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David G. Cox Esq.
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The Russian Civil War, 1918-1922
(2nd edition)



Designed by James Dunnigan
Developed by Joseph Miranda
Published by Decision Games – Strategy & Tactics Magazine #267 (2011)



I have quite mixed feelings about Decision Games – well, slightly mixed at least. I think that it is great that they have adopted the philosophy of republishing old SPI games. In my experience, however, they are not content with simply republishing the games but feel the need to tinker with them and in the process seem to actually make the games worse rather than better.

A couple of weeks ago I wrote a review of the first edition of the Russian Civil War, unaware at the time that Decision Games had just republished it. I have been a long-time fan of The Russian Civil War and, as the game was quite rare, decided, against my better judgement, to purchase the new edition of the game. I now normally avoid purchasing Decision Games based of previous disappointing experiences.

I have not played the 2nd edition version of the game and I almost certainly have a quite irrational, even if understandable, dislike of the publisher so, as you read this review, you should be very careful about taking anything I say too seriously. This may actually turn out to be nothing more than a subversive attack on a completely innocent wargame.


Components

The easiest and most obvious place to start is with the physical components of the game.

This time TRCW(2) comes in a magazine rather than a box. The magazine is actually rather neat. Quite apart from the thirty two pages of rules it has an extensive historical article on the Russian Civil War as well as a one-page article on design aspects of the game – both articles are by Joseph Miranda. There are other articles on other military events but these are irrelevant to the game and this review.

The map is twice the size of the original. This has both positive and negative implications. It is nice to have more space in the areas on the map but it now takes a larger table to comfortably play the game. Personally I prefer the original map. The new map has bolder, stronger colours. I prefer the softer hues of the original. Some of the rail lines have moved and cities have been added – Joseph Miranda says that the rail lines now better replicate the actual rail lines of the time. I like the additional cities and the rules that accompany them. In the original game each player would draw a randomizer chit at the end of their turn – these would give them things like assassins, politburo markers, control of Nationalist and Internationalist troops as well as new counters for armoured trains, anarchist units and ‘special events’. In the new edition of the game control of important cities gives you extra chits – this is good as it makes some cities more important than others and so more fighting should occur, as it did historically, to control these cities. On the original map all players had an area on the map to place their victory point markers as the game progressed and these were all adjacent so it was easy to see how everyone was going regarding victory. On the new map the player point areas are quite separate and I think this is probably a bad change.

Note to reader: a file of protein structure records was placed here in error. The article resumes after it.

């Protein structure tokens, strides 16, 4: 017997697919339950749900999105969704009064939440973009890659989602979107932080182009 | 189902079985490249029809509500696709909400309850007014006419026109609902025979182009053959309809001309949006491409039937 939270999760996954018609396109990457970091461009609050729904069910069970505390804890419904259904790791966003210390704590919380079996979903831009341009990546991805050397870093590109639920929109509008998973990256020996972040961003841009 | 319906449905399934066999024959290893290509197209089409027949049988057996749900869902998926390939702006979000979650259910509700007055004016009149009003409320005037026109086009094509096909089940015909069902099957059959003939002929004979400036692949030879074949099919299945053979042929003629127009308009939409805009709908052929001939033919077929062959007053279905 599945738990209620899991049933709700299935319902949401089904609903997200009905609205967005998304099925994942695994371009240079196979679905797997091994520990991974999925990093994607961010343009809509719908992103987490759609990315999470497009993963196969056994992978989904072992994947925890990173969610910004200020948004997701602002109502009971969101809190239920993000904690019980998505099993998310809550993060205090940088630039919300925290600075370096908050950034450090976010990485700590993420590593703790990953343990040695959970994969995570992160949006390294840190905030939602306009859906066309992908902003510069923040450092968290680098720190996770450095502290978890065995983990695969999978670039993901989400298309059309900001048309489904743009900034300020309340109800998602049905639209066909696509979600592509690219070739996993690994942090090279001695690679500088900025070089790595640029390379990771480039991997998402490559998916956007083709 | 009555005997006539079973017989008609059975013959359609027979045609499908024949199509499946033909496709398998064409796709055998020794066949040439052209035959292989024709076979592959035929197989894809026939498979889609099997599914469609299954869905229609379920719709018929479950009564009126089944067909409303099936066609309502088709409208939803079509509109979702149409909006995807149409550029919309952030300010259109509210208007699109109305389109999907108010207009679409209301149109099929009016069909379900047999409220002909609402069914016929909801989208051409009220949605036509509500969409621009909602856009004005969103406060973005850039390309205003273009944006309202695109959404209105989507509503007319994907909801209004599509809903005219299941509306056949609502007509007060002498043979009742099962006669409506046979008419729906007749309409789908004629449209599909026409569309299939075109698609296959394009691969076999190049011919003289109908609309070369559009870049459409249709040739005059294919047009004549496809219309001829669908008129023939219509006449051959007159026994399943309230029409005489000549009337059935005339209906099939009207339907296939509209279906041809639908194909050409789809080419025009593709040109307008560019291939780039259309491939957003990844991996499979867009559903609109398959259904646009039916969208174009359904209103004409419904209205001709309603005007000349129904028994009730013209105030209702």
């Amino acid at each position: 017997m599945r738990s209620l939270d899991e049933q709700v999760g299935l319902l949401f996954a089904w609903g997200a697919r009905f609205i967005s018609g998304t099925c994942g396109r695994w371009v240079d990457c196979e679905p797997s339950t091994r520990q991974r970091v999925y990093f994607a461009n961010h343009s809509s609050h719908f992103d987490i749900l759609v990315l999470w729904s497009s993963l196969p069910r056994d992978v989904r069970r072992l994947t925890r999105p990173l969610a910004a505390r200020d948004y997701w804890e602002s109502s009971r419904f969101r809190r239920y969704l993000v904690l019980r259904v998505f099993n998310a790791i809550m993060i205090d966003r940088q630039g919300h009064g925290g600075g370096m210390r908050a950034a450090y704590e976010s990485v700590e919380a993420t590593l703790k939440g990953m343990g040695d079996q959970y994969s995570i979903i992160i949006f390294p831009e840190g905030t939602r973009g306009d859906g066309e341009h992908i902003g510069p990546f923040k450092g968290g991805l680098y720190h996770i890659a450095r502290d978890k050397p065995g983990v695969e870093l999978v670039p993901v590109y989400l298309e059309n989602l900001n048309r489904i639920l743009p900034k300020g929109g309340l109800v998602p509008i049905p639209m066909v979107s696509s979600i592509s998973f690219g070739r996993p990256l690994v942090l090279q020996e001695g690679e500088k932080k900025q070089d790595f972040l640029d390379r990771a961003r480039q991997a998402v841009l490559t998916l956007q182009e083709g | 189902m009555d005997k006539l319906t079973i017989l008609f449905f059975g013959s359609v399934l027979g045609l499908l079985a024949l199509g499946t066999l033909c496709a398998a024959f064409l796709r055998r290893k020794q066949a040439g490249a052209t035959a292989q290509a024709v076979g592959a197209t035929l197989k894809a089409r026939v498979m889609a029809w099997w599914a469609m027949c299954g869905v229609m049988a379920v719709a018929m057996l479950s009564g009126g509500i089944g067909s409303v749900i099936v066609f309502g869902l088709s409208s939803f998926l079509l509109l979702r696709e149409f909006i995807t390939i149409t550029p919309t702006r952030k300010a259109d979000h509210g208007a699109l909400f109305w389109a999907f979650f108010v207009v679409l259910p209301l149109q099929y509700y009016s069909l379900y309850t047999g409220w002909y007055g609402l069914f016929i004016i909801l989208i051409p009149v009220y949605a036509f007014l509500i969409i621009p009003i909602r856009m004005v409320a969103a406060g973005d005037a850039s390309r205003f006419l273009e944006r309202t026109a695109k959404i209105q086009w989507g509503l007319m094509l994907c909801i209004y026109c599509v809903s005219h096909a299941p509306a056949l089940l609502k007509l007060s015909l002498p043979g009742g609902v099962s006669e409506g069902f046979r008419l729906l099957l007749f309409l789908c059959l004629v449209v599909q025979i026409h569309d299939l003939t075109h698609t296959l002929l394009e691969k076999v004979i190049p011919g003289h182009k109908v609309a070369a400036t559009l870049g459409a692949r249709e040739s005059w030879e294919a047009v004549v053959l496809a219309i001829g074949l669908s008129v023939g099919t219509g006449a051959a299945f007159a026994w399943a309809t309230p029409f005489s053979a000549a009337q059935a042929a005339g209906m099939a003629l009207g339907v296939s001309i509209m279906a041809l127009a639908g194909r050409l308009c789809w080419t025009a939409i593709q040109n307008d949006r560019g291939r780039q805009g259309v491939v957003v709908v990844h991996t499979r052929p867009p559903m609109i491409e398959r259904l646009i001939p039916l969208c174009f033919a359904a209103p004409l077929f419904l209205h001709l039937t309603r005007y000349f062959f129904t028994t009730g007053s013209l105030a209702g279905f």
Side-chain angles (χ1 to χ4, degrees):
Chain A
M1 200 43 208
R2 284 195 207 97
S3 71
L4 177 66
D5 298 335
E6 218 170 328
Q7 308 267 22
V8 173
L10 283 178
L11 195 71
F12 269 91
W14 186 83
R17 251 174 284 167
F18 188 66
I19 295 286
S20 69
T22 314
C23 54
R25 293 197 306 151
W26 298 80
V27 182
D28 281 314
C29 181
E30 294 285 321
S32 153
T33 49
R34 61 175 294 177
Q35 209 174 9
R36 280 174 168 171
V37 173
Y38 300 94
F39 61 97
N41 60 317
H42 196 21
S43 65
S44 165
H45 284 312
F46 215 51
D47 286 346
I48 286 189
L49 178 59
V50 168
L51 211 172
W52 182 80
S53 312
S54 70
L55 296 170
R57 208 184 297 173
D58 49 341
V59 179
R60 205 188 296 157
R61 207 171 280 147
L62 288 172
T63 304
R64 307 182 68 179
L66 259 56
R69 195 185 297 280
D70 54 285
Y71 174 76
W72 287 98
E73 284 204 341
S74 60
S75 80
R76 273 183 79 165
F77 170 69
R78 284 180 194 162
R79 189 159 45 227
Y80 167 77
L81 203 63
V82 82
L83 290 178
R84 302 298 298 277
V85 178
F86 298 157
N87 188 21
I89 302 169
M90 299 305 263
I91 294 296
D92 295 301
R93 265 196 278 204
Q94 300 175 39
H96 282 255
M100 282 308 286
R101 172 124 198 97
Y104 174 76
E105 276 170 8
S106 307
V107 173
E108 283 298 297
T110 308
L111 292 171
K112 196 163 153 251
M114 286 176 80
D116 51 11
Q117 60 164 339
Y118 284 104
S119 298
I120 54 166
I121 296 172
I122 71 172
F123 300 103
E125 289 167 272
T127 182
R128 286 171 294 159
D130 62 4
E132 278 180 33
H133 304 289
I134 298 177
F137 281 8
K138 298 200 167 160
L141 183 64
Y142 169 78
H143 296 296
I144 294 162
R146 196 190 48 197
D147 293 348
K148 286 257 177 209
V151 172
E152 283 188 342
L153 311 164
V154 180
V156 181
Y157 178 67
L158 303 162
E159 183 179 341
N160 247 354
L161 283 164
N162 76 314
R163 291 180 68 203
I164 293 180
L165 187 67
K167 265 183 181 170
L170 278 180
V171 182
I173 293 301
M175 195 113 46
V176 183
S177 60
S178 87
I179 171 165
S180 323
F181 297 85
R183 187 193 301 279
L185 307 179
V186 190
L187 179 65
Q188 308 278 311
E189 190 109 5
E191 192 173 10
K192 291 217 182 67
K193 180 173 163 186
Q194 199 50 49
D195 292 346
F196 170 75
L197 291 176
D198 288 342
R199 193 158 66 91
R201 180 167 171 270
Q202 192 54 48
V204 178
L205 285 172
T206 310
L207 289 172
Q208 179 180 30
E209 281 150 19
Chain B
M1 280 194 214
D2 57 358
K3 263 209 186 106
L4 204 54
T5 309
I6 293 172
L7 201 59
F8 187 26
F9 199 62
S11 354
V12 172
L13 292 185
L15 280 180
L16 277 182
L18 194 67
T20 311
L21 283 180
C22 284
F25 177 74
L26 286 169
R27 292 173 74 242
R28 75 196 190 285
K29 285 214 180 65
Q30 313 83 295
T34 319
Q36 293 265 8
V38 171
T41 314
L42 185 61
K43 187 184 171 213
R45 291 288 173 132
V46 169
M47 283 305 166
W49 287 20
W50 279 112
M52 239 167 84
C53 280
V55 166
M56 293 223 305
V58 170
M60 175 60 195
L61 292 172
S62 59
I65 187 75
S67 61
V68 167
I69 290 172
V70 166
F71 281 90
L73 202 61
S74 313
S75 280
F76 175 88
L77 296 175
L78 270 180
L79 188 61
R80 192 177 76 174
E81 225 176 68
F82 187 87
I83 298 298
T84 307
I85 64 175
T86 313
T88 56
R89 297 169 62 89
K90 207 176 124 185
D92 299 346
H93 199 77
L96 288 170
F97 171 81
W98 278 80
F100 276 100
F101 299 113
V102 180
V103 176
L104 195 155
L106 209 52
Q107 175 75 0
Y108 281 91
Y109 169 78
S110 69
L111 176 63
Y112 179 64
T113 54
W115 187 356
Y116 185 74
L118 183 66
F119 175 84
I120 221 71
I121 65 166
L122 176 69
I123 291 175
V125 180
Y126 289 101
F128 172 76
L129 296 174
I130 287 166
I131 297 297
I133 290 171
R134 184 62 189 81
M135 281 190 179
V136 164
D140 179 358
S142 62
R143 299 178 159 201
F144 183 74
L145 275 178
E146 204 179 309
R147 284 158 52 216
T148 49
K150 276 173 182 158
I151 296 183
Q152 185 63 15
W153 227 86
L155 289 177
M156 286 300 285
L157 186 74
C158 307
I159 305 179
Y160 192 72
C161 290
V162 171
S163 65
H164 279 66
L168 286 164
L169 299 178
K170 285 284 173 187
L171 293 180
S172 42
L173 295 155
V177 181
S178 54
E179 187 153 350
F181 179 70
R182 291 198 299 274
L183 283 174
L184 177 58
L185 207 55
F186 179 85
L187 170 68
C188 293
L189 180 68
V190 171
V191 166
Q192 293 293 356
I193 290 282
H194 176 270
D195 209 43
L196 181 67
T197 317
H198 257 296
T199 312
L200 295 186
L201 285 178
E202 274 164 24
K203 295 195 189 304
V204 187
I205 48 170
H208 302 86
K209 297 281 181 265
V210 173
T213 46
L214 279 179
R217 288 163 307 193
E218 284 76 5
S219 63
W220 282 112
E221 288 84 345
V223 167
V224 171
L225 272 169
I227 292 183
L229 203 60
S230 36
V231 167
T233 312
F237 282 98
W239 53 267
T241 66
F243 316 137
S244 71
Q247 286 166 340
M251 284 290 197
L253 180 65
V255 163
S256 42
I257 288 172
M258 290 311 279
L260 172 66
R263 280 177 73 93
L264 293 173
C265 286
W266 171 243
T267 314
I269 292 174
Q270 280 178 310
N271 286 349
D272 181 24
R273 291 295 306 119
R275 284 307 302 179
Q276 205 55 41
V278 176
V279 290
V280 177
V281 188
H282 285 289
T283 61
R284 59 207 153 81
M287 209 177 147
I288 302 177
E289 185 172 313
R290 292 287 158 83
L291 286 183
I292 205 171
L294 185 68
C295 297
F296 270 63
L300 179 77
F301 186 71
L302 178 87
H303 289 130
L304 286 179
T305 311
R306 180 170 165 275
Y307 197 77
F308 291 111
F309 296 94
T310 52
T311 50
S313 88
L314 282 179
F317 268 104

New Map

Original Map


There have been some minor changes to the counter mix. There are now fewer assassins but an extra ‘super-powerful’ assassin has been added. There are more Nationalist and Internationalist groups represented in the counter mix as well as some more white units – to keep the balance there are also more red combat units and these are quite strong. I like the idea of an assassin counter for Felix Dzherinisky (who was the head of the Cheka) that has a double strength when attempting an assassination. I don’t like the idea of extra combat units. One of the interesting aspects of the original game was trying to use your leaders to go around and pick up combat units. It was highly competitive to try to get the best units and be able to maximize the potential of your leaders - or, indeed, any combat units as they tended to be a little scarce. I suspect that the additional combat units will detract from this element of the game. In the game combat units are deployed on the map according to specific locations. Leaders are randomly drawn from a cup and will take control of troops in their starting area. Leaders such as Lenin and Trotsky (with a rating of 3) can control 3 combat units each. The stacking limit for leader/combat unit counters is 5, although the number of stacks that can be in the same area is unlimited. An unusual aspect of the game is that for the first 5 turns any units eliminated will be placed back on the map and will be available for leaders to ‘pick up’. Only after turn 5 of the game do units actually start to become permanently eliminated and so can be used to score points – if the game ends with a red victory then eliminated white units/leaders are worth points, and visa versa if the game results in a white victory. There have been a number of new ‘special events’ added to the counter mix. The developer writes about these in notes at the back of the rules. These are to give the game more ‘flavour’ – I think the original edition had plenty of ‘flavour’ without them. But perhaps I am just extremely reactionary. A fifth faction has been created (black units) which represent anarchist forces. These units do not move and are a nuisance to everybody. It seems to me that the 2nd edition changes are, to a large extent, intended to increase the simulation value of the game and to make it play more historically. In the original version the focus was clearly on recreating the chaotic nature of the war and the political instability of both major factions by making even guys on the same side to not really want to be cooperating with their compatriots.